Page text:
Kenny Archer: Familiar themes emerge in both World Cup and Championship
WITH almost exactly the same number of countries/counties involved, it's hard not to make comparisons between the World Cup and the GAA inter-county championships.
Don't worry, this isn't going to be one of those 'Dublin are Germany', 'Kerry are Brazil' malarkeys - not least because Germany actually lost a major match. In this game of 'compare and contrast', there's still doubt about which teams will make the last four of the World Cup, whereas no one (sensible) is in any doubt that the Dubs will reach the All-Ireland semi-finals - at the very least.
Some familiar themes do arise from both competitions, though:
The rush to judgement:
It would be harsh to say that what we've witnessed so far in Russia has been akin to the McKenna Cup/O'Byrne Cup/McGrath Cup/Connacht League, but it's been no more meaningful in the greater scheme of things than the early rounds of the National Football League.
Teams tend to build slowly in both competitions but some seem to expect five-star showings from the start.
OMG! The top teams haven't all won their matches. Indeed, only two of the top seven ranked teams competing in this World Cup won their opening games.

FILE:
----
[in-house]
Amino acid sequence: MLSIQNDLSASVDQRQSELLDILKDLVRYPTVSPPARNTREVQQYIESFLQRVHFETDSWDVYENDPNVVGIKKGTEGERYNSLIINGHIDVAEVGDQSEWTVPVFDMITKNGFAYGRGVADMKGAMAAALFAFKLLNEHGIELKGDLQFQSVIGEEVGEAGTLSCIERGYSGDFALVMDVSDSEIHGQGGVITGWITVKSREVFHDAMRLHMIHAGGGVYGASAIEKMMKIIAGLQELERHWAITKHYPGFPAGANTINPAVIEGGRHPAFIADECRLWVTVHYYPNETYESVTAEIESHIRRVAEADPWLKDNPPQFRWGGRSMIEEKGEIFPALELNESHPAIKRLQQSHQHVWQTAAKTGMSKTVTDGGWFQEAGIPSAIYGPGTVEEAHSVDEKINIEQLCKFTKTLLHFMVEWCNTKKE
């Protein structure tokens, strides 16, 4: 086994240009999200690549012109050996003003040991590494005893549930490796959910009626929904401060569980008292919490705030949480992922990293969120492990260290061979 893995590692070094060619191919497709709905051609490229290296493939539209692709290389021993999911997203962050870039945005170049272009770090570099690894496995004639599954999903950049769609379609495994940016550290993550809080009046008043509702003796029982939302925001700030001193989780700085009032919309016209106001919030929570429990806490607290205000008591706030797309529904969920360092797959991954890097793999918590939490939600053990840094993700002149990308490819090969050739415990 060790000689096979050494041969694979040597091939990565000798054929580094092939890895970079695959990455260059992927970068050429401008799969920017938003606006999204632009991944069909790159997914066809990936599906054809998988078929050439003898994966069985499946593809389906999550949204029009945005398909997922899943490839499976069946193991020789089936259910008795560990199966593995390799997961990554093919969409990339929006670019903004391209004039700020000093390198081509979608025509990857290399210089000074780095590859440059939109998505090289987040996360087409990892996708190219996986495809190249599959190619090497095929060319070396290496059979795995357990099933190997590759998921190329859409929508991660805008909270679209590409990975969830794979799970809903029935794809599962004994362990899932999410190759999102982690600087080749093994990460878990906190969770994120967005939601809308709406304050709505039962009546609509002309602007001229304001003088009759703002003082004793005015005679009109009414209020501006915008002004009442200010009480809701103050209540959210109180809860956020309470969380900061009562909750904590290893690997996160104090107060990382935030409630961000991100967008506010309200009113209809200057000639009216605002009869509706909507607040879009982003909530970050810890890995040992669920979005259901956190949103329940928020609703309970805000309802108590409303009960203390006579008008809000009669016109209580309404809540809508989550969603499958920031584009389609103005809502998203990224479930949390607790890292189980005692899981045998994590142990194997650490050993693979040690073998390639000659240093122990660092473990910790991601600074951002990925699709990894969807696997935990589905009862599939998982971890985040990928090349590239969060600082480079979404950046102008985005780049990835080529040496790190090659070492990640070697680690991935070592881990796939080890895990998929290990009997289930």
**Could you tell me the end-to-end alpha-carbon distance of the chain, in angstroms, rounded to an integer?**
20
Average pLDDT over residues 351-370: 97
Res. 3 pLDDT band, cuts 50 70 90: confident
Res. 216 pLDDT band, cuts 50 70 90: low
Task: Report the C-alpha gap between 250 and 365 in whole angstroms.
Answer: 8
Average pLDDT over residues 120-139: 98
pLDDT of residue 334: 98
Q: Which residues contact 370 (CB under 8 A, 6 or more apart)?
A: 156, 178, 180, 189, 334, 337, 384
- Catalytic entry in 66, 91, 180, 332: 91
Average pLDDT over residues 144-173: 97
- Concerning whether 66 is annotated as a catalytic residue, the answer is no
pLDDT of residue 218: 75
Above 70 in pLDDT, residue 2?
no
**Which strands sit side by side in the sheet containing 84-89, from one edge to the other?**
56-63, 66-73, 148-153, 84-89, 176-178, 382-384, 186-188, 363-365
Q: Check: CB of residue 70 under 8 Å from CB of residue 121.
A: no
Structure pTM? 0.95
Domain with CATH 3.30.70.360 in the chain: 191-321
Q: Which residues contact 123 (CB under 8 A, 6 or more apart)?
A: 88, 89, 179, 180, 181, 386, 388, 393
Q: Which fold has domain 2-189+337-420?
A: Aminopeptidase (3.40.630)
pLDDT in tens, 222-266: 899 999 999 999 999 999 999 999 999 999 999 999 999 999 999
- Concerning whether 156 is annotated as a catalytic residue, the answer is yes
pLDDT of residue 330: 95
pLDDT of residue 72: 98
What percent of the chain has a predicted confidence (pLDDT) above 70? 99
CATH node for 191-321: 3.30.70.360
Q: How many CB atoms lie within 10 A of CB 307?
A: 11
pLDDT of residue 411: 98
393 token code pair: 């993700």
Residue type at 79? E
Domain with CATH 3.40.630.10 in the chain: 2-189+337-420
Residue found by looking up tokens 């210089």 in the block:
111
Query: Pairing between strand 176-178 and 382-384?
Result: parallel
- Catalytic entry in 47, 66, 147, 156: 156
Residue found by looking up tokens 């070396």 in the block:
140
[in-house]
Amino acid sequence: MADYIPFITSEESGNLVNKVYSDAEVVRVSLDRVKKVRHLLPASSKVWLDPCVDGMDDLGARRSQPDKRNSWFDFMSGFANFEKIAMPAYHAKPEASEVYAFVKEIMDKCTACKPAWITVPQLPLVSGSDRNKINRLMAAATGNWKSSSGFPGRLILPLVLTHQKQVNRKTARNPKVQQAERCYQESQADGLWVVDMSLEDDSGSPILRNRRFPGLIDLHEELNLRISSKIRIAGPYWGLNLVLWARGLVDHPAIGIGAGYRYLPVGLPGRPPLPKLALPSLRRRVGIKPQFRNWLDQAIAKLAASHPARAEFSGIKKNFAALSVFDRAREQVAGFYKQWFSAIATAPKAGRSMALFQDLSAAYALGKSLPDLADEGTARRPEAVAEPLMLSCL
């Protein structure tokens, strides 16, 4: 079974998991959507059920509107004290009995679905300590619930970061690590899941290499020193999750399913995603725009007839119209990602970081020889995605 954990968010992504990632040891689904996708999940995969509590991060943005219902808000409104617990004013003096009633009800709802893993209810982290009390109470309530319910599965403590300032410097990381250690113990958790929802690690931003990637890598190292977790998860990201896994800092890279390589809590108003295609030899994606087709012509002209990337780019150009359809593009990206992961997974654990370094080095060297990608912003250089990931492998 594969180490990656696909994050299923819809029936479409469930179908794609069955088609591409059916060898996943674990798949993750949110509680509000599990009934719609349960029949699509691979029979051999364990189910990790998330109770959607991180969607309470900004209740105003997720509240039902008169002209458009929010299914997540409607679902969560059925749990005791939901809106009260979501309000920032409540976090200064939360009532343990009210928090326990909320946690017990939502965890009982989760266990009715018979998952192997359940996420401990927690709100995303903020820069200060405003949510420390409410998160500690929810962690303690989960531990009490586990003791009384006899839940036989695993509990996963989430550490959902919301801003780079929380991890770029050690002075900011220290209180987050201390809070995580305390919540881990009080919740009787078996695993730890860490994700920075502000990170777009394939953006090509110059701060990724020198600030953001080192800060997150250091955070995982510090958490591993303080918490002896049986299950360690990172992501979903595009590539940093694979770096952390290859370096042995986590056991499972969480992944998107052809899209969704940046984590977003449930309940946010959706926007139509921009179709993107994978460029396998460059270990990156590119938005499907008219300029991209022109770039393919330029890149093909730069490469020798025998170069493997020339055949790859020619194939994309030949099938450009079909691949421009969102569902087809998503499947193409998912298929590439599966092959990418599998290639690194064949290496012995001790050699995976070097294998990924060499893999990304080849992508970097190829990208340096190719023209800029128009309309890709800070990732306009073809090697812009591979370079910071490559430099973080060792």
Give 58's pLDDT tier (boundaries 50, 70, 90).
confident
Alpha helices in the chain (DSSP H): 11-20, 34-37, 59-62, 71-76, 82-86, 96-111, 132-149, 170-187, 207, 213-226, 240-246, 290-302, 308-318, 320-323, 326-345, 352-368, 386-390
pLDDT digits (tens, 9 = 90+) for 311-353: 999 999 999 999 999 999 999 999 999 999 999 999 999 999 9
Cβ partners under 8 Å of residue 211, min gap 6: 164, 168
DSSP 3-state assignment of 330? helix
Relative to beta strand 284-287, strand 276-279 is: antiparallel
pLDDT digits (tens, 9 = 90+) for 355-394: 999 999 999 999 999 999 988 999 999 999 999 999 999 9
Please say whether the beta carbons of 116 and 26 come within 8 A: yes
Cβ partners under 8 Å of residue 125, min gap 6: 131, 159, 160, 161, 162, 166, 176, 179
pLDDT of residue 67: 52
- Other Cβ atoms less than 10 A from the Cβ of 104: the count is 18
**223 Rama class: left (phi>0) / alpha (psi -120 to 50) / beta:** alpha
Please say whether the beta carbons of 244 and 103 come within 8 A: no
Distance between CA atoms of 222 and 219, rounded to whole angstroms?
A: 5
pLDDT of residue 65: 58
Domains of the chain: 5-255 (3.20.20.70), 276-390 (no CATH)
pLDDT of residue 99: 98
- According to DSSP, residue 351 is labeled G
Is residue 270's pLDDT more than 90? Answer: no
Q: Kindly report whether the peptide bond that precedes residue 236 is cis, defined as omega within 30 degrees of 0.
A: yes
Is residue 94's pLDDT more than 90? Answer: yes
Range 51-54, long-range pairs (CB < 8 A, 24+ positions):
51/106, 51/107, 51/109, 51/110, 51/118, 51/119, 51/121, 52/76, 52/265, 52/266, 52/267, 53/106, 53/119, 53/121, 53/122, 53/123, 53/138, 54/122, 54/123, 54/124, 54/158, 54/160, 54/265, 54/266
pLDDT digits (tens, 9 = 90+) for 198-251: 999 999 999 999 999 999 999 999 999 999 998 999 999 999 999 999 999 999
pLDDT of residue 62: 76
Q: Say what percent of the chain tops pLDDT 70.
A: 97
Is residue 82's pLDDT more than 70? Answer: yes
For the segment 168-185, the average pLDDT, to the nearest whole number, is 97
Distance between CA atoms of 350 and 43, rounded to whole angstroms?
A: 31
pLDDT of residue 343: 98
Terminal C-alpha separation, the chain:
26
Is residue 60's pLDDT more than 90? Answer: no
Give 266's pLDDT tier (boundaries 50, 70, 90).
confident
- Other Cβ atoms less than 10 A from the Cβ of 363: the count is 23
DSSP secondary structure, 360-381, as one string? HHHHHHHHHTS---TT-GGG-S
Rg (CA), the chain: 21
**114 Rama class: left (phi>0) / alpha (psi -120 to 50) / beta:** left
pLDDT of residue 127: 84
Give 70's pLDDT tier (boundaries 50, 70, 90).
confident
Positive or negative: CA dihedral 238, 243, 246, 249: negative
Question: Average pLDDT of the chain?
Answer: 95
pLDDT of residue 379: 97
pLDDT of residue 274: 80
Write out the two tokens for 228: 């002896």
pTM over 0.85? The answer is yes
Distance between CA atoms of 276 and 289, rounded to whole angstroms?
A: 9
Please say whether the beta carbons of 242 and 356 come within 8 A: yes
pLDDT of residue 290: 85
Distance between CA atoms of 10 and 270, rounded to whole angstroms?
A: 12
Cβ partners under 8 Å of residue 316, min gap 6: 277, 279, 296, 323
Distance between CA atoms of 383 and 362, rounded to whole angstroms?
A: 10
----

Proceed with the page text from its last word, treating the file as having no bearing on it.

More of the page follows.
True, but only one of them lost. Admittedly that was World Cup-holders Germany, but Mexico have been one of world soccer's great under-achievers; the Germans perhaps deserved a draw, but in a low-scoring sport like soccer there's always a greater possibility of upsets.
Brazil could only draw with Switzerland, but the Swiss are ranked sixth in the world. Sure they somehow managed to get past Northern Ireland so they're obviously brilliant.
Similarly, Mayo and Tyrone lost their first matches, but only to neighbours and teams that actually finished above them in the League, Galway and Monaghan respectively.
There's only surprise expressed by some at such results because of the following regular rant...
Rankings being rubbished:
The FIFA rankings are soccer's equivalent of League placings. Every year, off the back of some admittedly surprise results (Carlow beating Kildare, Fermanagh edging out Monaghan, Mexico beating Germany) we're told that such standings are meaningless when it comes to 'the real thing'.
And every time most of the big guns still make it through to the latter stages.
The luck of the draw comes into it, of course, but we can still expect the majority of Argentina, Belgium, Brazil, England, France, Germany, Portugal, and Spain to be involved in the quarter-finals, just as Mayo, Monaghan, and Tyrone (unless they meet each other in the qualifiers) should get through to the Super Eights along with Dublin and Galway, and Donegal and Kerry (probably). All Division One teams...
Part of the reason there's so much fuss made about upsets is that, in both competitions, everybody loves an underdog. Which leads me on to...
Unbalanced player ratings:
Nothing illustrated the love of the underdog more than the fact that, after a public vote on the BBC website on Saturday, every single Icelandic player received a higher rating than any Argentinian.